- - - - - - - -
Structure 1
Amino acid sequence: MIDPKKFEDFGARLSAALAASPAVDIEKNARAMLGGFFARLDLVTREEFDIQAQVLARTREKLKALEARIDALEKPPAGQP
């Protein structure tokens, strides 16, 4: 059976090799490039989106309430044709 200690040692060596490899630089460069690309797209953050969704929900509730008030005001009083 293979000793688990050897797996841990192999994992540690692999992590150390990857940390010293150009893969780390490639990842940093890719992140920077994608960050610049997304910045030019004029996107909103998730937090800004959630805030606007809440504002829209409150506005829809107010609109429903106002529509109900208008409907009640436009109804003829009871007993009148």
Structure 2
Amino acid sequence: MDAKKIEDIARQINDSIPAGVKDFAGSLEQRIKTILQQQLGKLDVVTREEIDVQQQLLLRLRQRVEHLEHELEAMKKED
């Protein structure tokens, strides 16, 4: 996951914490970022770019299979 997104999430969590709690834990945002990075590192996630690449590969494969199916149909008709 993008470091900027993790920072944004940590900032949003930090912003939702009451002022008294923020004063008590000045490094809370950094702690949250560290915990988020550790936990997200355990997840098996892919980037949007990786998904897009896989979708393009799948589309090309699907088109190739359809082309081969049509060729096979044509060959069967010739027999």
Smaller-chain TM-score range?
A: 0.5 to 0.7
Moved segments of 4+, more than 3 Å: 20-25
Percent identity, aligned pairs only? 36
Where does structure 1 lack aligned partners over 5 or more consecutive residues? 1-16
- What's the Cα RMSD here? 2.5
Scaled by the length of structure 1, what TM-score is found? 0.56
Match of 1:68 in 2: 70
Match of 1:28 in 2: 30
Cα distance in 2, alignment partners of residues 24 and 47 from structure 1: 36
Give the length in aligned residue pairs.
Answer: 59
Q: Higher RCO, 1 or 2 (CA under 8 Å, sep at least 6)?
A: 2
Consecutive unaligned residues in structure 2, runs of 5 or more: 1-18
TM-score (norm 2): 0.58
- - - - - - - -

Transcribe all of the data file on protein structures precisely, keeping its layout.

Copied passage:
Structure 1
Amino acid sequence: MIDPKKFEDFGARLSAALAASPAVDIEKNARAMLGGFFARLDLVTREEFDIQAQVLARTREKLKALEARIDALEKPPAGQP
């Protein structure tokens, strides 16, 4: 059976090799490039989106309430044709 200690040692060596490899630089460069690309797209953050969704929900509730008030005001009083 293979000793688990050897797996841990192999994992540690692999992590150390990857940390010293150009893969780390490639990842940093890719992140920077994608960050610049997304910045030019004029996107909103998730937090800004959630805030606007809440504002829209409150506005829809107010609109429903106002529509109900208008409907009640436009109804003829009871007993009148």
Structure 2
Amino acid sequence: MDAKKIEDIARQINDSIPAGVKDFAGSLEQRIKTILQQQLGKLDVVTREEIDVQQQLLLRLRQRVEHLEHELEAMKKED
């Protein structure tokens, strides 16, 4: 996951914490970022770019299979 997104999430969590709690834990945002990075590192996630690449590969494969199916149909008709 993008470091900027993790920072944004940590900032949003930090912003939702009451002022008294923020004063008590000045490094809370950094702690949250560290915990988020550790936990997200355990997840098996892919980037949007990786998904897009896989979708393009799948589309090309699907088109190739359809082309081969049509060729096979044509060959069967010739027999």
Smaller-chain TM-score range?
A: 0.5 to 0.7
Moved segments of 4+, more than 3 Å: 20-25
Percent identity, aligned pairs only? 36
Where does structure 1 lack aligned partners over 5 or more consecutive residues? 1-16
- What's the Cα RMSD here? 2.5
Scaled by the length of structure 1, what TM-score is found? 0.56
Match of 1:68 in 2: 70
Match of 1:28 in 2: 30
Cα distance in 2, alignment partners of residues 24 and 47 from structure 1: 36
Give the length in aligned residue pairs.
Answer: 59
Q: Higher RCO, 1 or 2 (CA under 8 Å, sep at least 6)?
A: 2
Consecutive unaligned residues in structure 2, runs of 5 or more: 1-18
TM-score (norm 2): 0.58